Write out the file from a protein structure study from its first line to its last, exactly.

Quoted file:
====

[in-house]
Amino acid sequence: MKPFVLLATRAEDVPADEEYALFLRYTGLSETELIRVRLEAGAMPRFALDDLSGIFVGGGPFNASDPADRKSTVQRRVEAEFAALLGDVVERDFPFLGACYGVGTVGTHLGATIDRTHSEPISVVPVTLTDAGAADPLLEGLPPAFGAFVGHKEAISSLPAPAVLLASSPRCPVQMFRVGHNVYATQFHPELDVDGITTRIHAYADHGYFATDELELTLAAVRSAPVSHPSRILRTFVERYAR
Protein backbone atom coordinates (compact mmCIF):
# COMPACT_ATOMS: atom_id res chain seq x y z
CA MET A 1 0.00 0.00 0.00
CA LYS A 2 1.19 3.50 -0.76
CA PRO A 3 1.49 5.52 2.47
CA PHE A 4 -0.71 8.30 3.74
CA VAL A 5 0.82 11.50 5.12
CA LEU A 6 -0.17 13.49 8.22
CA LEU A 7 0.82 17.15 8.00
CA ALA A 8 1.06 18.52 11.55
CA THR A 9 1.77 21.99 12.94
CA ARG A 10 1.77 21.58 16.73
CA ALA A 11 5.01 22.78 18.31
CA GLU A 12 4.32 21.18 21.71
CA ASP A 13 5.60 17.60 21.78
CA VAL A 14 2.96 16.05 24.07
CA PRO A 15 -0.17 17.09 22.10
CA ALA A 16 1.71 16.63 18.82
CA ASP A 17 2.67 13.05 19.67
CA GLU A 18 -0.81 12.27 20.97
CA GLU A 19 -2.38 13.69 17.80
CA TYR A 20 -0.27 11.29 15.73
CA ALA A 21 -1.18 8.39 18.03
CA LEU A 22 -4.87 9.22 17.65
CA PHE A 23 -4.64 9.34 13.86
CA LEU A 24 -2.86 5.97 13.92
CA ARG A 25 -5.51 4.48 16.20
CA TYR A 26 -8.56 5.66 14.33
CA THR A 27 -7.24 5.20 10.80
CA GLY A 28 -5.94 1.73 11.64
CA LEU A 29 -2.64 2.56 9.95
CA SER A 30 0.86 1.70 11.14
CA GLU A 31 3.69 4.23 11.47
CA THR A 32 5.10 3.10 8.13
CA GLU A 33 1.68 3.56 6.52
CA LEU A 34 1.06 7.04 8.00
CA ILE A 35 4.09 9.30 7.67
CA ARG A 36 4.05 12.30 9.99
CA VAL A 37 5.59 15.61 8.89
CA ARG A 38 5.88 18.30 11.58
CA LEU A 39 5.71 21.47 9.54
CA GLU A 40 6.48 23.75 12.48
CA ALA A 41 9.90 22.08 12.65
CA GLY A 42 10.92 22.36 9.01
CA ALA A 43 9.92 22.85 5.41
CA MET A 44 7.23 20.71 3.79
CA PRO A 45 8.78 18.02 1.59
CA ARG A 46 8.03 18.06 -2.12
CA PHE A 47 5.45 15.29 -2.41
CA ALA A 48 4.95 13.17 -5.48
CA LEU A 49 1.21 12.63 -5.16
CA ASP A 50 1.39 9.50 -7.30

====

[in-house]
Amino acid sequence: MKPFVLLATRAEDVPADEEYALFLRYTGLSETELIRVRLEAGAMPRFALDDLSGIFVGGGPFNASDPADRKSTVQRRVEAEFAALLGDVVERDFPFLGACYGVGTVGTHLGATIDRTHSEPISVVPVTLTDAGAADPLLEGLPPAFGAFVGHKEAISSLPAPAVLLASSPRCPVQMFRVGHNVYATQFHPELDVDGITTRIHAYADHGYFATDELELTLAAVRSAPVSHPSRILRTFVERYAR
Protein backbone atom coordinates (compact mmCIF):
# COMPACT_ATOMS: atom_id res chain seq x y z
CA MET A 1 0.00 0.00 0.00
CA LYS A 2 1.19 3.50 -0.76
CA PRO A 3 1.49 5.52 2.47
CA PHE A 4 -0.71 8.30 3.74
CA VAL A 5 0.82 11.50 5.12
CA LEU A 6 -0.17 13.49 8.22
CA LEU A 7 0.82 17.15 8.00
CA ALA A 8 1.06 18.52 11.55
CA THR A 9 1.77 21.99 12.94
CA ARG A 10 1.77 21.58 16.73
CA ALA A 11 5.01 22.78 18.31
CA GLU A 12 4.32 21.18 21.71
CA ASP A 13 5.60 17.60 21.78
CA VAL A 14 2.96 16.05 24.07
CA PRO A 15 -0.17 17.09 22.10
CA ALA A 16 1.71 16.63 18.82
CA ASP A 17 2.67 13.05 19.67
CA GLU A 18 -0.81 12.27 20.97
CA GLU A 19 -2.38 13.69 17.80
CA TYR A 20 -0.27 11.29 15.73
CA ALA A 21 -1.18 8.39 18.03
CA LEU A 22 -4.87 9.22 17.65
CA PHE A 23 -4.64 9.34 13.86
CA LEU A 24 -2.86 5.97 13.92
CA ARG A 25 -5.51 4.48 16.20
CA TYR A 26 -8.56 5.66 14.33
CA THR A 27 -7.24 5.20 10.80
CA GLY A 28 -5.94 1.73 11.64
CA LEU A 29 -2.64 2.56 9.95
CA SER A 30 0.86 1.70 11.14
CA GLU A 31 3.69 4.23 11.47
CA THR A 32 5.10 3.10 8.13
CA GLU A 33 1.68 3.56 6.52
CA LEU A 34 1.06 7.04 8.00
CA ILE A 35 4.09 9.30 7.67
CA ARG A 36 4.05 12.30 9.99
CA VAL A 37 5.59 15.61 8.89
CA ARG A 38 5.88 18.30 11.58
CA LEU A 39 5.71 21.47 9.54
CA GLU A 40 6.48 23.75 12.48
CA ALA A 41 9.90 22.08 12.65
CA GLY A 42 10.92 22.36 9.01
CA ALA A 43 9.92 22.85 5.41
CA MET A 44 7.23 20.71 3.79
CA PRO A 45 8.78 18.02 1.59
CA ARG A 46 8.03 18.06 -2.12
CA PHE A 47 5.45 15.29 -2.41
CA ALA A 48 4.95 13.17 -5.48
CA LEU A 49 1.21 12.63 -5.16
CA ASP A 50 1.39 9.50 -7.30